Spider Baby (1964)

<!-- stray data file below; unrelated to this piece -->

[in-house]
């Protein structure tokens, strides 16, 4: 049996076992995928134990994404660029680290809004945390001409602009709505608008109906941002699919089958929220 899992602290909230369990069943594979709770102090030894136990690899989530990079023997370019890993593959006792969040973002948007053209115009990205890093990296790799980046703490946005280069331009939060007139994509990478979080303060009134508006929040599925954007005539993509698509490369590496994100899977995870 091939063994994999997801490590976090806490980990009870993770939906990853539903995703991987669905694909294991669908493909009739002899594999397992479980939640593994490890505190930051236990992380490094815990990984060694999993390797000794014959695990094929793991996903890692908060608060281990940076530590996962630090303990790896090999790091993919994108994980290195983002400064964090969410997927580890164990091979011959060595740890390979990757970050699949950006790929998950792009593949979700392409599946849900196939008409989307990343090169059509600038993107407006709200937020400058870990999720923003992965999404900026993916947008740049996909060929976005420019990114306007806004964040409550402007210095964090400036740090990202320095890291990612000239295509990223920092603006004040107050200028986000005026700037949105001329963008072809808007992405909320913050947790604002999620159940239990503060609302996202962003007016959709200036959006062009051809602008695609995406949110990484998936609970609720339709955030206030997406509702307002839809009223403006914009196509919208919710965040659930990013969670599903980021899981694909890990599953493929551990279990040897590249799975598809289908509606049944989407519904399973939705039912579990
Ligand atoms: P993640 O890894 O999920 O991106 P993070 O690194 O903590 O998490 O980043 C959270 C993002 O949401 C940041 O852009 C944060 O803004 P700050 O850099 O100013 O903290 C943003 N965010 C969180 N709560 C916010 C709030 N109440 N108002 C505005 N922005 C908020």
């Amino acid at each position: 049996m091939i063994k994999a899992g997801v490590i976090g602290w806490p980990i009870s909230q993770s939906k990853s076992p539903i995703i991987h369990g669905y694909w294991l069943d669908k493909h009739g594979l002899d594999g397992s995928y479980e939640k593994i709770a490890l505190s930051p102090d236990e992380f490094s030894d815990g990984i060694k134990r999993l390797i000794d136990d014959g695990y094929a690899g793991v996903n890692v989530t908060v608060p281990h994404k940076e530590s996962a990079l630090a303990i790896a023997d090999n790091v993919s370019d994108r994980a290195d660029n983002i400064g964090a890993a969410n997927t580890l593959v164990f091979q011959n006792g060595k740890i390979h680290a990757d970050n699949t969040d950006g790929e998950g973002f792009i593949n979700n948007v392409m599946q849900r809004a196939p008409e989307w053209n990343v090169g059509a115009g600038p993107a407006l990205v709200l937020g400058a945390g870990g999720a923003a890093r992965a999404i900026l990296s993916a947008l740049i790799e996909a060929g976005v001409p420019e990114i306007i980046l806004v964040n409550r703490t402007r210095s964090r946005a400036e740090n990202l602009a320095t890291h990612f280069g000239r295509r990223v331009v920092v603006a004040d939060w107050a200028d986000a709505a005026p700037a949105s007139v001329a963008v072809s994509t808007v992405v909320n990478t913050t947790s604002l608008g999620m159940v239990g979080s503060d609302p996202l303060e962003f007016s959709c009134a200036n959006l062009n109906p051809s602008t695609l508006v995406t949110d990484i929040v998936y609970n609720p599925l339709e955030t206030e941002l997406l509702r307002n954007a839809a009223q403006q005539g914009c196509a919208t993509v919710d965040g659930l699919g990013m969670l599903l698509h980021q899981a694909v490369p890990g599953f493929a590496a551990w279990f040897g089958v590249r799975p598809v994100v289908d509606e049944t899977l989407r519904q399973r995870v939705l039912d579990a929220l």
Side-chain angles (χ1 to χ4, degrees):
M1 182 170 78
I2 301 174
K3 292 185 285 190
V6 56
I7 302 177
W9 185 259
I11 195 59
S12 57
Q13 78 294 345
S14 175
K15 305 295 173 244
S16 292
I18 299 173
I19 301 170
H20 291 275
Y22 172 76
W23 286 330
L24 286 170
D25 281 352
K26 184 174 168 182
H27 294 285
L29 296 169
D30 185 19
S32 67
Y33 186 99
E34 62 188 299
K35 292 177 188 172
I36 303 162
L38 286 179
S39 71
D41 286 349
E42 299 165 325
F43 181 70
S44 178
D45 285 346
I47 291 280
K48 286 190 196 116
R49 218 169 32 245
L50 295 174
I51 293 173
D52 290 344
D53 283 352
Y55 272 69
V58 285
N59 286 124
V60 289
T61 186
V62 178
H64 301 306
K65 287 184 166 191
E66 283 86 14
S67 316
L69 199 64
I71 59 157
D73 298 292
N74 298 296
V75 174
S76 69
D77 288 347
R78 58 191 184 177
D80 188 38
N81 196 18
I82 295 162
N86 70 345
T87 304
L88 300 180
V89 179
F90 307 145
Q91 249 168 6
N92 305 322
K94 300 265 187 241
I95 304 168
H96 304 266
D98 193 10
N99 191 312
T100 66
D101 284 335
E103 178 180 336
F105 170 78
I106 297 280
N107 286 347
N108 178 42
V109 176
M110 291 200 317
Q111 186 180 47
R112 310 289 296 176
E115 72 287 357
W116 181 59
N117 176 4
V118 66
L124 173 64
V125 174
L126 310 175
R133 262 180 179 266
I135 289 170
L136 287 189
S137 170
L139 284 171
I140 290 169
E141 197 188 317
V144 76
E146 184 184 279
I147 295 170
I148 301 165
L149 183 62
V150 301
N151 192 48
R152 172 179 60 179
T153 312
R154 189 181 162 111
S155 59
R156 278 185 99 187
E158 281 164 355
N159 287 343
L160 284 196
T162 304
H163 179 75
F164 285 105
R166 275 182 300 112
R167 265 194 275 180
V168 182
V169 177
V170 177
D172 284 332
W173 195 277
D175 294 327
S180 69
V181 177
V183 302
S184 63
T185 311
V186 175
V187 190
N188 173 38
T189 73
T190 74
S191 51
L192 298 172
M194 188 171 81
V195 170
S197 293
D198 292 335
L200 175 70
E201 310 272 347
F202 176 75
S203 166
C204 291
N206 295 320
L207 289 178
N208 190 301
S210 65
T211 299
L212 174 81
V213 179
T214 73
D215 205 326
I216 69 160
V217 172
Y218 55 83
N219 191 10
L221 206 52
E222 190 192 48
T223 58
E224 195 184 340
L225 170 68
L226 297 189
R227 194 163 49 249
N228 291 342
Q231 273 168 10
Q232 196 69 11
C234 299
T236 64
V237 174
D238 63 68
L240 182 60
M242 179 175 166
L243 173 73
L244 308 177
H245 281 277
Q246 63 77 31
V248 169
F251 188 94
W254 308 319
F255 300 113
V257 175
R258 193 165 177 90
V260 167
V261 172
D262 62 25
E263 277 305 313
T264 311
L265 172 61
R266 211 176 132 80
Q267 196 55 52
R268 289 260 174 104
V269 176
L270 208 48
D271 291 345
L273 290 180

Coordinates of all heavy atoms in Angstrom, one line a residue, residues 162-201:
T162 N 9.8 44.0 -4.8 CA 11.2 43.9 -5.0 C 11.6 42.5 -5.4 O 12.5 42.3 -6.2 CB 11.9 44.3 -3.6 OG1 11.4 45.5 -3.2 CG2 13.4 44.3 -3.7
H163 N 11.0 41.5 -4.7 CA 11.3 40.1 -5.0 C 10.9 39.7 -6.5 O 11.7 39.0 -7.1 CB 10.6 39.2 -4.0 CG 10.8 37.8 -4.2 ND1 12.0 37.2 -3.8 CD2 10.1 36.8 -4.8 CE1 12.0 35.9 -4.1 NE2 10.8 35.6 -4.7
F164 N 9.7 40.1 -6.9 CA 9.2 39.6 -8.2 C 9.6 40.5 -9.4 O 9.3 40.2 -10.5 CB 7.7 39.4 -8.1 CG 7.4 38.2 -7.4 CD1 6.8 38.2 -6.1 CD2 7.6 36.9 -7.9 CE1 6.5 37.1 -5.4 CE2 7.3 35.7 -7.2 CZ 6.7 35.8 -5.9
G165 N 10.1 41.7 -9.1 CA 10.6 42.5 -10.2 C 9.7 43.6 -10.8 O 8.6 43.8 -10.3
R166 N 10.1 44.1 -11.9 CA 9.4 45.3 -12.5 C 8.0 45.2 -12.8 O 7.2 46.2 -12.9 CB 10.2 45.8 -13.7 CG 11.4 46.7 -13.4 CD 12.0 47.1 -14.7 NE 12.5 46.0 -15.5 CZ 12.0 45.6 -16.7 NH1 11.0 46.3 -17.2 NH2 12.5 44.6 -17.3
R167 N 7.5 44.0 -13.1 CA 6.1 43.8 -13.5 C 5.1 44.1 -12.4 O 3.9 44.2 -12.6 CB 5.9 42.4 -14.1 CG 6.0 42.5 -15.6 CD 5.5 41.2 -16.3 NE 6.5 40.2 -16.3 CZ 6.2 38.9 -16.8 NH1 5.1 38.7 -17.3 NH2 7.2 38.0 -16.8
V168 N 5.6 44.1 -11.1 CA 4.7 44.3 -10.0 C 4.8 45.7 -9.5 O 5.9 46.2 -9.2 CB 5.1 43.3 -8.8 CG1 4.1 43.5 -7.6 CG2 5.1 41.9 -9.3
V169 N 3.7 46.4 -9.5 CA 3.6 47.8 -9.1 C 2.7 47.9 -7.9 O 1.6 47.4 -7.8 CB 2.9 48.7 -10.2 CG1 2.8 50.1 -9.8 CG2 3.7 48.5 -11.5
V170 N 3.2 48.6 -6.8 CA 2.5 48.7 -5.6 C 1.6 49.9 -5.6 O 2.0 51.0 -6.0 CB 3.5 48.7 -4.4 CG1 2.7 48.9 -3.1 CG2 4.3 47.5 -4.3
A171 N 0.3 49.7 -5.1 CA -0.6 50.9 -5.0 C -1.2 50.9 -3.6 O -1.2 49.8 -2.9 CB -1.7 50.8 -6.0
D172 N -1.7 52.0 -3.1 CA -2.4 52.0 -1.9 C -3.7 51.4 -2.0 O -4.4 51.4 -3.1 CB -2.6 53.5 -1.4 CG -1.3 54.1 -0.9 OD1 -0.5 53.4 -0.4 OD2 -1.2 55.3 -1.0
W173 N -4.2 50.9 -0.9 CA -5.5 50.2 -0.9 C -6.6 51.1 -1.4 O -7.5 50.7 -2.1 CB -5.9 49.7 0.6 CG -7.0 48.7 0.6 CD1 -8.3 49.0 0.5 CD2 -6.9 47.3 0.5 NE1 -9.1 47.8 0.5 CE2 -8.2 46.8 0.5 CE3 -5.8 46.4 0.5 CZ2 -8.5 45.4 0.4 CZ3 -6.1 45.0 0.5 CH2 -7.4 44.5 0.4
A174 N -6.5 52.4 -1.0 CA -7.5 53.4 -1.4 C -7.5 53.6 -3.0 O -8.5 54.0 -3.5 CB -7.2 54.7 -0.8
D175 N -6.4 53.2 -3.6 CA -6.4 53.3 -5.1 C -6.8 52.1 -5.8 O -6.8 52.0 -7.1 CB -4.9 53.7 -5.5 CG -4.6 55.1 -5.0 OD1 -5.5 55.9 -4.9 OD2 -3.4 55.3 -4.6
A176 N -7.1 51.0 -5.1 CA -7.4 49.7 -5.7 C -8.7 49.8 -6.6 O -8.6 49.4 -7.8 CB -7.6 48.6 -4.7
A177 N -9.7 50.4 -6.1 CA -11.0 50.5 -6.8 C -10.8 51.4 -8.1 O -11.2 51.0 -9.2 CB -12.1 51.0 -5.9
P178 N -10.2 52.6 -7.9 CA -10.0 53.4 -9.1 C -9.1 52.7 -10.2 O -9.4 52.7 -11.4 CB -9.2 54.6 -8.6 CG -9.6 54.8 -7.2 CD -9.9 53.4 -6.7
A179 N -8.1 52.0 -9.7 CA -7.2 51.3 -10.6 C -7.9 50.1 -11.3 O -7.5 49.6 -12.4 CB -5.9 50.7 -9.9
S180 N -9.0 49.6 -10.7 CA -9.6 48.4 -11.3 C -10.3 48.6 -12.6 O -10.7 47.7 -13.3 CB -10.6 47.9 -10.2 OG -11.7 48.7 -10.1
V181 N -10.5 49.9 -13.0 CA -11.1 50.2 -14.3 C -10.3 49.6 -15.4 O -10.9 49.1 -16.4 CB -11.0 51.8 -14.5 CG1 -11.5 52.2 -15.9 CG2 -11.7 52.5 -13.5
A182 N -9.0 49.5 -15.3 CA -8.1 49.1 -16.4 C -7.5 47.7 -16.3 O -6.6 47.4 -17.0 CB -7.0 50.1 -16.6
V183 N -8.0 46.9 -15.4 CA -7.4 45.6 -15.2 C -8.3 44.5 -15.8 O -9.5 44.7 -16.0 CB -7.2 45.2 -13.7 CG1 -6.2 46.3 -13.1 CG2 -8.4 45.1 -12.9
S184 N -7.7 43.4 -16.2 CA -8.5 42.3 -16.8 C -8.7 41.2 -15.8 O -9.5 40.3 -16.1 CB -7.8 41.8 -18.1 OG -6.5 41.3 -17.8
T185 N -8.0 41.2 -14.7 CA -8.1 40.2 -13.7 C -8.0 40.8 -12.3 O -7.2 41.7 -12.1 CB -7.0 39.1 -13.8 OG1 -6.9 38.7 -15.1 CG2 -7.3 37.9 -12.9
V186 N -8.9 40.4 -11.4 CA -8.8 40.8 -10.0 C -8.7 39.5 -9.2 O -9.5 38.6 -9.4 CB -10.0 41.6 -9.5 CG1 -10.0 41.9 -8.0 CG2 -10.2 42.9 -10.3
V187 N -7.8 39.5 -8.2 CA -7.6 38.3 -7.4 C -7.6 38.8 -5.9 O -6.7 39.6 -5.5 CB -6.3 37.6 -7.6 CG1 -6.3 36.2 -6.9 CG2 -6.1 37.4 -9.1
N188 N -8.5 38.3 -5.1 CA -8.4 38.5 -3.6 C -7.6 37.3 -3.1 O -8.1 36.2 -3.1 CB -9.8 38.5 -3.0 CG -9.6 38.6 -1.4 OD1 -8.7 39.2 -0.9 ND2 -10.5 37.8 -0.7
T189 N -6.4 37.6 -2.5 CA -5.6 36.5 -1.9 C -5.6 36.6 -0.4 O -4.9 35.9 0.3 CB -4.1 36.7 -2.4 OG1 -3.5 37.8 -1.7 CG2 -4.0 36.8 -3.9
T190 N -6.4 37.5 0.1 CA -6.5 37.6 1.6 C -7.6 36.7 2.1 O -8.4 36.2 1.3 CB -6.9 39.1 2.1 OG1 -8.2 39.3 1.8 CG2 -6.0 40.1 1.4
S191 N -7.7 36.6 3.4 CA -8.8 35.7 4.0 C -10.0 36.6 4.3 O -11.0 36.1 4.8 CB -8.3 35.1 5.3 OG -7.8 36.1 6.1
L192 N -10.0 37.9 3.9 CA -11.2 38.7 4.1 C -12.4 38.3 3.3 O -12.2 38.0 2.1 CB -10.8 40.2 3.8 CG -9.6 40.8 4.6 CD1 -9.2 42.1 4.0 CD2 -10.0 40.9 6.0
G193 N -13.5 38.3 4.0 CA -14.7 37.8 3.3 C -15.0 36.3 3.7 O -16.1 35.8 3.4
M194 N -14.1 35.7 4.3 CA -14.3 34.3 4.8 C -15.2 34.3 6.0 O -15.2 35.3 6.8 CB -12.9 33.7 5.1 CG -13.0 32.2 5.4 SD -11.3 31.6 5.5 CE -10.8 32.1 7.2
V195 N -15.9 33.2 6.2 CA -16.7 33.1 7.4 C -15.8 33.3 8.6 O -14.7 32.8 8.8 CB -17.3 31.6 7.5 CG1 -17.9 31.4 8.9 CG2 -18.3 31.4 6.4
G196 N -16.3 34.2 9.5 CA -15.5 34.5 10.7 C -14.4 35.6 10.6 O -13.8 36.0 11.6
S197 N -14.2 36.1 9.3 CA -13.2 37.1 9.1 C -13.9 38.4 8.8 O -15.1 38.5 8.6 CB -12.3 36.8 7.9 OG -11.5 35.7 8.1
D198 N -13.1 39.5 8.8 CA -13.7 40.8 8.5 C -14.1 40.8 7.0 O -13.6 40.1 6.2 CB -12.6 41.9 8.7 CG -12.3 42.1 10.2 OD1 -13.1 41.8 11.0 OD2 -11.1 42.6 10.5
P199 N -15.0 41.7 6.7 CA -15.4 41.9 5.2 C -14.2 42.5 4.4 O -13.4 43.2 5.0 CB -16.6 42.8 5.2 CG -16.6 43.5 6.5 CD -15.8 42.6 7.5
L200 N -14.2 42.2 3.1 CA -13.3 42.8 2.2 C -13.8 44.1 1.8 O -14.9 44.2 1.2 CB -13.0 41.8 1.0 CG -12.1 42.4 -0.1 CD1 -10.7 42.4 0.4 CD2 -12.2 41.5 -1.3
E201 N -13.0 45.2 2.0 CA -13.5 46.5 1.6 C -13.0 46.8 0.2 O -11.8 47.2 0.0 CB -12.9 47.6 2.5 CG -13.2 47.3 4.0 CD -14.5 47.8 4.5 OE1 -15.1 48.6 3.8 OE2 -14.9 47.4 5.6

“This has gone well beyond the boundaries of prudence and good taste.” Love it or loathe it, this camp classic is a demented little low-budget horror flick/black comedy you won’t soon forget! A rundown mansion in the middle of nowhere serves as the home of the “Merrye” clan – “Elizabeth” (Beverly Washburn), “Ralph” (Sid Haig) and “Virginia” (Jill Banner) – three mentally ill, cannibalistic, orphaned siblings (victims of a family curse, the “Merrye Syndrome,” which causes them to mentally degenerate starting around the age of 10) cared for by loyal family chauffeur “Bruno” (Lon Chaney, Jr.). All hell breaks loose when a couple of greedy relatives, “Emily” (Carol Ohmart) and “Peter” (Quinn Redeker), along with their lawyer “Schlocker” (Karl Schanzer) and his assistant “Ann” (Mary Mitchel), arrive unannounced to claim the estate. Also look for Mantan Moreland as an extremely unlucky messenger. Written and directed by Jack Hill, Spider Baby (subtitled “The Maddest Story Ever Told”) was filmed in 1964 and originally titled Cannibal Orgy but not released until 1968 due to the original production company’s bankruptcy. The opening theme was sung by Chaney himself: “This cannibal orgy is strange to behold/And the maddest story ever told …” Hill, who also directed such classic exploitation films as The Big Doll House (1971), The Big Bird Cage (1972), Coffy (1973) and Foxy Brown (1974), was once described by Quentin Tarantino as “The Howard Hawks of Exploitation Filmmaking.”

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